Take a poll at the end of this blog
Only five states are in better shape than Colorado when it comes to foreclosures and other distressed properties, according to a recently released report.
Colorado, especially in the Denver area, was one of the first states to be hit by the foreclosure crisis, while other states such as California, Arizona, Florida and Nevada were still enjoying the boom part of the real estate cycle, before the bubble burst.
By every measure – percentage of loans that are delinquent, percentage of home loans in default and mortgages that are not-current – Colorado is in far better shape than those once high-flying states, as well as the entire U.S., shows the July “Mortgage Monitor” report by Lender Processing Services Inc. The Jacksonville, Fla. company tracks data on about 40 million loans nationwide.
Bleeding is slowing
“Compared with the national average, it seems like the bleeding in Colorado is slowing,” said Jason Miller, owner of Milan Realty.
The LPS report shows 5.4 percent of the loans in Colorado are delinquent, 35 percent lower than the national average of 8.34 percent. Mississippi had the highest delinquency rate at 14.6 percent, followed by Nevada at 10.6 percent.
In Colorado, only 1.8 percent of the loans constituted what LPS describes as the “foreclosure pre-sale inventory rate.” That is 56 percent lower than the national average of 4.1 percent.
Florida had the highest percentage of loans in foreclosure, at 13.8 percent. Florida also was the only state in the country that had more foreclosures than delinquent loans. Its delinquency rate was 9.1 percent.
Colorado was in much better shape than the nation as a whole as far as non-current loans. In Colorado, 7.1 percent of the loans weren’t current, which is 43 percent lower than the national average of 12.45 percent.
Florida led the nation in that category, with 22.9 percent of the loans not being current.
Only Montana, Wyoming, Arkansas, South Dakota and North Dakota, were in better shape than Colorado. North Dakota had the lowest percentage of delinquent loans at 3.5 percent. All of those states have much lower populations than Colorado.
Market not yet healthy
Although Colorado is doing well in relation to the vast majority of the country, it still is burdened with too many distressed properties, said Milan Realty’s Miller.
“The healing process will take some time,” Miller said. “In order to get back to a “normal” market, we will need to see many more “organic” non-distress sales as a percentage of total sales. Nevertheless, this market is starting to recover slowly.”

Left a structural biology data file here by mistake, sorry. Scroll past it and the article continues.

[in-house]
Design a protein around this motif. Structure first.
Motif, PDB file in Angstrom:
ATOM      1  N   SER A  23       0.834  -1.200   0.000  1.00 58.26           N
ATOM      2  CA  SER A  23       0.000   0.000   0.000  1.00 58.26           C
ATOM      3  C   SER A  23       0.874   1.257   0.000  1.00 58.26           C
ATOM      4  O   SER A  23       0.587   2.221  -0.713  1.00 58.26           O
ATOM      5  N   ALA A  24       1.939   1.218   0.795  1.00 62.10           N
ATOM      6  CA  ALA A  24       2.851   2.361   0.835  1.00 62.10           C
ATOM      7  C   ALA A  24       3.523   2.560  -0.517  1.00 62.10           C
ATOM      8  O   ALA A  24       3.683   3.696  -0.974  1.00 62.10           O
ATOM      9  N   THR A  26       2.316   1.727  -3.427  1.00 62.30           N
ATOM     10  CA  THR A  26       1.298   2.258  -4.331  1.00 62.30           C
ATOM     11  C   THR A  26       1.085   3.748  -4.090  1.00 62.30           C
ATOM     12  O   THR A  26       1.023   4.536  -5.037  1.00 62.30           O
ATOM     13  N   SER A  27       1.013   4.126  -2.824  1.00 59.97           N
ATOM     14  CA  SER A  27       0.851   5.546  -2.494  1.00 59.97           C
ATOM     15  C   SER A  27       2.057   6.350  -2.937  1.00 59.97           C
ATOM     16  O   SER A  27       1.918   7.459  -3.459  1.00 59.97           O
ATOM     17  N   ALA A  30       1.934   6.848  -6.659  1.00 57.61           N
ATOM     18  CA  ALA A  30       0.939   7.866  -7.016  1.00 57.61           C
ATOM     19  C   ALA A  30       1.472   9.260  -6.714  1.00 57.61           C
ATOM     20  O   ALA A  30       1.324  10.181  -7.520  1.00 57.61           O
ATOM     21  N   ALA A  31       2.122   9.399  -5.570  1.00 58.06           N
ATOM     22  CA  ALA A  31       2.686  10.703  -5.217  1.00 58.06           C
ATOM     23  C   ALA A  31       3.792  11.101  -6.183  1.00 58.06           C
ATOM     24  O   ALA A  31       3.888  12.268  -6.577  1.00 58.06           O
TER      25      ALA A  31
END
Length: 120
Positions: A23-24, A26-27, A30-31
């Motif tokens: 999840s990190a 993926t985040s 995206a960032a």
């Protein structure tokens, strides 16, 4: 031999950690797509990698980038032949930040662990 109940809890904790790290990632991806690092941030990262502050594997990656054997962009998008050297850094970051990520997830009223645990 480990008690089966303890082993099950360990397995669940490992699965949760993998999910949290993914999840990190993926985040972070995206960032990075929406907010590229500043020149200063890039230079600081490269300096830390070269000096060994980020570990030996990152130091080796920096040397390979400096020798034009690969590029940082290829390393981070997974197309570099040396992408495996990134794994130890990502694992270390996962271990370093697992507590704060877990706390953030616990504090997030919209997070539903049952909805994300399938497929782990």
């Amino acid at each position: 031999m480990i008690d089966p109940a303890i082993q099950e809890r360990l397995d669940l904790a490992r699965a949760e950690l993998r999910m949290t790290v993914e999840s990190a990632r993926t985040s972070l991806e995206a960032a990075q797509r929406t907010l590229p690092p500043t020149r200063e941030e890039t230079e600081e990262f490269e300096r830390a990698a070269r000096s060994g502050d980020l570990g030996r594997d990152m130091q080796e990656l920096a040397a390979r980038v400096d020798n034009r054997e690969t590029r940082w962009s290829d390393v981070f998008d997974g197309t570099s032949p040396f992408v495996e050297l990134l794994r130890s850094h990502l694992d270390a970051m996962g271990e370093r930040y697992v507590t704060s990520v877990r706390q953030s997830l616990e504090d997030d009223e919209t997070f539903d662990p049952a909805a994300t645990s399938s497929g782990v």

Ryan McMaken, spokesman for the Colorado Division of Housing, noted that the LPS’s data is very close to what the Mortgage Bankers Association is reporting.
“Colorado is in the bottom third in both cases,” McMaken said.
Foreclosures lengthy process
For the entire country, LPS had one extremely sobering fact – nationwide, homeowners who are in foreclosure on average have not made a payment in a record 599 days.
LPS did not break down the number of days that borrowers have not made payment on a state-by-state basis.
“The 599-day number is probably higher than what is the case in Colorado,” said McMaken, who prepares his own report on Colorado foreclosure activity.
“I know that, by law, the days for foreclosure can range from 30 days in Texas to more than a year in Florida,” McMaken said. “In practice, these periods are probably longer. Colorado is probably somewhere in the middle. I know that there are certainly cases where a foreclosure can take a couple of years, but since it’s four months by law in this state, and since my data tends to show sales peak 6-9 months after a peak in NEDs (Notice of Election and Demand, the first legal step in a foreclosure), a more typical time period to process a foreclosure is probably around six to nine months, or 180 to 270 days”
Many not dodging foreclosure bullet
The LPS report also noted that nationally only 25 percent of the 30-day delinquencies are first-time delinquencies.
McMaken described that as an “interesting” statistic that infers homeowners who avoided losing their homes in the past, are now again in danger of foreclosure.
“Although not all 30-day delinquencies become foreclosures, of course, it stands to reason that many of the new NEDs we see now are on loans that were in default in the past,” McMaken said. “Those foreclosure cases may have been withdrawn, but they’re now back in foreclosure.”
McMaken also said that foreclosures are not only hitting lower-priced homes.
“It stands to reason that many of the high-risk homeowners who were most prone to job loss and foreclosure have already defaulted at some point since 2009,” McMaken said. “I’ve commented in the past that the new foreclosure filings must include more high-income people and people with better credit scores who just couldn’t keep holding on after 3 years of a bad job market.”
Contact John Rebchook at JRCHOOK@gmail.com< class="related_post_title">Related Posts:>